Opposites Attract! Operating with Integers Academic Coaches Math Meeting December 7, 2012 Beth Schefelker Bridget Schock Connie Laughlin Kevin McLeod Hank Kepner 1
Looking BackWhats in the future? Expanding the number system from the previous work weve done with properties. Integers Integers add to number the idea of opposite, so that every number has both size and positive or negative relationship to other numbers. A negative number is the opposite of the positive number of the same size. -VdW p. 492 How does the concept of integers grow through 6th and 7th grade?
2 Learning Intentions and Success Criteria We are learning to apply and extend the operations of addition and subtraction to negative numbers. We will be successful when we can articulate how negative numbers behave when using the properties of addition and subtraction.
3 Examining Two Problems and the Standards Connections 4 Charting Mathematical Connections Problem #1
Standards Connection Problem #2 Standards Connection 5 Problem #1: Elevation Denver, Colorado is called The Mile High City because its elevation is 5280 feet above sea
level. Someone tells you that the elevation of Death Valley, California is 282 feet. How many feet higher is Denver than Death Valley? 6 A Standards Progression Read 6.NS.5, 6a & c Work in pairs to study the standards Share out your understanding and examples with the your tablemates.
Come to consensus on how the standards support the cluster statement. Making Connections: Where does the elevation problem connect to standards 6.NS.5, 6a and c? 7 Importance of Context With integers, students often get confused as to which number is bigger or which direction they are moving when they are doing operations, so
having a context is particularly important. VdW, 479 8 Common Contexts for Integers Linear Representations Altitude Timelines Quantity Representations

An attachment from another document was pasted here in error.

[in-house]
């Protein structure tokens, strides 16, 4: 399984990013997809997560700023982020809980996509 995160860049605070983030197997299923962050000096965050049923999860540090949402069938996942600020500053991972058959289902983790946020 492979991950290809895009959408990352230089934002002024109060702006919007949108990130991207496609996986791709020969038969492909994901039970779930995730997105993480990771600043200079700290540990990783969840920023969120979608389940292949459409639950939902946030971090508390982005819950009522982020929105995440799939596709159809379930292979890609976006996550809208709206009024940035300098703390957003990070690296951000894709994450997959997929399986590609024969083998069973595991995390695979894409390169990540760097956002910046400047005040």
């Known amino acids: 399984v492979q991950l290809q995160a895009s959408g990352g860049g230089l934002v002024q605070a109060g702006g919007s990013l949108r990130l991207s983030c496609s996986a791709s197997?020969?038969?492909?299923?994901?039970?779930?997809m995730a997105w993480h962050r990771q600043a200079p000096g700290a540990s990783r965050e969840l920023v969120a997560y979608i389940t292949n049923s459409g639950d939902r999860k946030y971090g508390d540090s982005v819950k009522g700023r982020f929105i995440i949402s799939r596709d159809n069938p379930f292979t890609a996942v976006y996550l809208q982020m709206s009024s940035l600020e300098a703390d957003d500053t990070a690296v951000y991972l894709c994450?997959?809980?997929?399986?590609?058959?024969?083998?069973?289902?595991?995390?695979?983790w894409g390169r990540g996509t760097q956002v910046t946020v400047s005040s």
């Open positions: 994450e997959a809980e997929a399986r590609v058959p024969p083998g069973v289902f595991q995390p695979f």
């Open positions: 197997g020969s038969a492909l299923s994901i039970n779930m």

Golf scores (above/below par) Debit/Credit 9 Problem #2: Whens the Freeze in Antifreeze? Ocean water freezes at about 3C . Fresh water freezes at 0C . Antifreeze, a liquid used to cool most car engines, freezes at 64C. Imagine that the temperature is exactly at the
freezing point for ocean water. How many degrees must the temperature drop for the antifreeze to turn to ice? Complete independently. Share with your table Add to your chart. 10 A Standards Progression Read 7.NS.1 Work in pairs to study the standards
Share out your understanding and examples with the your tablemates. Come to consensus on how the standards support the cluster statement. Making Connections: Where does the Antifreeze problem connect to standards 7.NS.1? 11 MP2. Reason abstractly and quantitatively As you read Math Practice Standard 2 (p.6 CCSSM):
Underline key phrases that identifies student expectations. How did MP2 surface when working on the Elevation and Antifreeze problems? Use a different colored marker to add ideas of MP2 to the standards box of your chart for each problem. 12 Making Sense of Addition and Subtraction of Integers:
Listening to students 13 Looking for Counterexamples Decide if each statement will always be true. If the statement is not always true, show an example for which it is false ( a counterexample). If it is always true, present an argument to convince others that no counterexamples can
exist. You will have 3 minutes for each question 14 Listening to Students Reasoning 1. I tried four different problems in which I added a negative number and a positive number, and each time, the answer was negative. So a positive plus a negative is always a negative. 2. I noticed that a negative number minus a positive number will always be negative
because the subtraction makes the answer even more negative. 15 Listening to Students Reasoning 3. I think a negative number minus another negative number will be negative because with all those minus signs it must get really negative. 4. A positive fraction, like , minus a negative fraction, like , will always give you an
answer that is more than one. 16 Connections to MP7 and MP8 MP7 Look for make use of structure. MP8 Look for and express regularity in repeated reasoning. How did MP7 and MP8 surface when working on the operations with integers and counterexamples?
17 Learning Intentions and Success Criteria We are learning to apply and extend the operations of addition and subtraction to negative numbers. We will be successful when we can articulate how negative numbers behave when using the properties of addition and subtraction.
18 Apply: Professional Practice As you work in classrooms, record examples of rules you hear students /teachers using that could lead to misconceptions when they are operating with integers? Bring two examples with you to the December 21st ACM meeting. 19
A Time to Reflect How is the study of the standard progressions helped deepen your understanding of properties as our number system expands? 20
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